In the United States an annuity contract is created when an insured party, usually an individual, pays a life insurance company a single premium that will later be distributed back to the insured party over time. Annuity contracts traditionally provide a guaranteed distribution of income over time, until the death of the person or persons named in the contract or until a final date, whichever comes first. However, the majority of modern annuity customers use annuities only to accumulate funds free of income and capital gains taxes and to later take lump-sum withdrawals without using the guaranteed-income-for-life feature.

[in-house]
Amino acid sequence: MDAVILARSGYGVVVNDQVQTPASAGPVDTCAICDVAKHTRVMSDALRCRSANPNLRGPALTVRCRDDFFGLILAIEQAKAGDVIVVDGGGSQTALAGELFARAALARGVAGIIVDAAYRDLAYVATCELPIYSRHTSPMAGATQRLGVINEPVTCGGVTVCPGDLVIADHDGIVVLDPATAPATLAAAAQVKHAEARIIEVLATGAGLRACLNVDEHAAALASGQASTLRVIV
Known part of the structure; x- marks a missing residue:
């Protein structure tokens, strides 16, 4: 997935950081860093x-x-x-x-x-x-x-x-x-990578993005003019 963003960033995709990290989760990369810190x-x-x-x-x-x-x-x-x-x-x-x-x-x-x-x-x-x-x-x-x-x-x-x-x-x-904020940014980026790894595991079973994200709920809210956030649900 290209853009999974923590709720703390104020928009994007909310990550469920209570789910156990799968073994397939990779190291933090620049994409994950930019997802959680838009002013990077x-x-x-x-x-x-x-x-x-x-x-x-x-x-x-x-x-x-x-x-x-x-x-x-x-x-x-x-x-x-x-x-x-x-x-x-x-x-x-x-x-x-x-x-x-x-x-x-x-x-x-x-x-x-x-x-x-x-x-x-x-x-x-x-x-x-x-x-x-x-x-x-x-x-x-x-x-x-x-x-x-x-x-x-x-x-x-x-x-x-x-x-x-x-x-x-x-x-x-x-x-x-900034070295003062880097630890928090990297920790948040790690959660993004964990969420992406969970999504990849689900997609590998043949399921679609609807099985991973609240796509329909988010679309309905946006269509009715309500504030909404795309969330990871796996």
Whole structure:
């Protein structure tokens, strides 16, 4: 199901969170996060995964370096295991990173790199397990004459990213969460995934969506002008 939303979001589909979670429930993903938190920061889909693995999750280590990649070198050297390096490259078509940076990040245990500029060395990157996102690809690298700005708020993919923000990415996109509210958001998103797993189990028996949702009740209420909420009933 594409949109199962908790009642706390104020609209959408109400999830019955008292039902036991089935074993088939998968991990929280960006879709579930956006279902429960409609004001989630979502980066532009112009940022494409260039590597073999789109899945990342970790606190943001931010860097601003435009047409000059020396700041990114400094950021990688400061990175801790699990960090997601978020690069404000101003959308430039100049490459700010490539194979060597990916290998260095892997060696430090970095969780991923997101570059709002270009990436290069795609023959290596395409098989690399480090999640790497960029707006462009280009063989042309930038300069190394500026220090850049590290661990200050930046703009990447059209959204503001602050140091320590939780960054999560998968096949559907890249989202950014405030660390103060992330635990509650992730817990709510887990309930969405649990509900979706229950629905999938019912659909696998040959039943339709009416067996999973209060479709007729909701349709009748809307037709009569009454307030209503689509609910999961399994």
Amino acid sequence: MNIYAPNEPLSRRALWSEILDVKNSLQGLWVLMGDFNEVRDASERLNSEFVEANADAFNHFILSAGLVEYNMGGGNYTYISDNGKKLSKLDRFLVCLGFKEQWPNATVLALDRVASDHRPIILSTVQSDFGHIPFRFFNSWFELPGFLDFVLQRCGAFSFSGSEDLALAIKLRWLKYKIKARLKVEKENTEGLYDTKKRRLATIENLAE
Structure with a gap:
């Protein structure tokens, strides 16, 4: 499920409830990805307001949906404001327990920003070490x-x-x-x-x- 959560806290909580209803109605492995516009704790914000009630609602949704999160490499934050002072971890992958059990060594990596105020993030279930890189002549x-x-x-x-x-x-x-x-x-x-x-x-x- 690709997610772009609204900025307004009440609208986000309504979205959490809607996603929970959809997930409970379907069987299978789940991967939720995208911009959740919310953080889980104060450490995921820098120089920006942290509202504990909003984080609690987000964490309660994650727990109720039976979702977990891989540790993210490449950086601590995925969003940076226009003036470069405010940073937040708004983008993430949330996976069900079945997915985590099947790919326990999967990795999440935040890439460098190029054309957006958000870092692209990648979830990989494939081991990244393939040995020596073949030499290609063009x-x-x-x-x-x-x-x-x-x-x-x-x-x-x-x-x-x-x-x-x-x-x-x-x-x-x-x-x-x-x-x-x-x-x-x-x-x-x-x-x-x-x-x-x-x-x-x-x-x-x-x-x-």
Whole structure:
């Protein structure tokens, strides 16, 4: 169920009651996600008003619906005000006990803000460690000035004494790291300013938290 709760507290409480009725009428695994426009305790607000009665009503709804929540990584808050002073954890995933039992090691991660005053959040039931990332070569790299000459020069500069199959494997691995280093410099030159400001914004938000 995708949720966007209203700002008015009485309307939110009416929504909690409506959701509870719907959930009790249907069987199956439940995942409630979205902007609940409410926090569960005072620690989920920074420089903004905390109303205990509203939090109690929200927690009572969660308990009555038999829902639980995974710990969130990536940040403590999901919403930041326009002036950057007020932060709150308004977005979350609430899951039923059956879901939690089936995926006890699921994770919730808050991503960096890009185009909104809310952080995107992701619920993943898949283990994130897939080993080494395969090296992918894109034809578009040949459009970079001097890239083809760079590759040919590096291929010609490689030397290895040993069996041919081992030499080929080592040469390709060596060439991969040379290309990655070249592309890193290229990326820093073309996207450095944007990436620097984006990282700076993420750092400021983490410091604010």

Annuity contracts in the United States are defined by the Internal Revenue Code and regulated by the individual states. Variable annuities have features of both life insurance and investment products. In the U.S., annuity insurance may be issued only by life insurance companies, although private annuity contracts may be arranged between donors to non-profits to reduce taxes. Insurance companies are regulated by the states, so contracts or options that may be available in some states may not be available in others. Their federal tax treatment, however, is governed by the Internal Revenue Code. Variable annuities are regulated by the Securities and Exchange Commission and the sale of variable annuities is overseen by the Financial Industry Regulatory Authority (FINRA) (the largest non-governmental regulator for all securities firms doing business in the United States).
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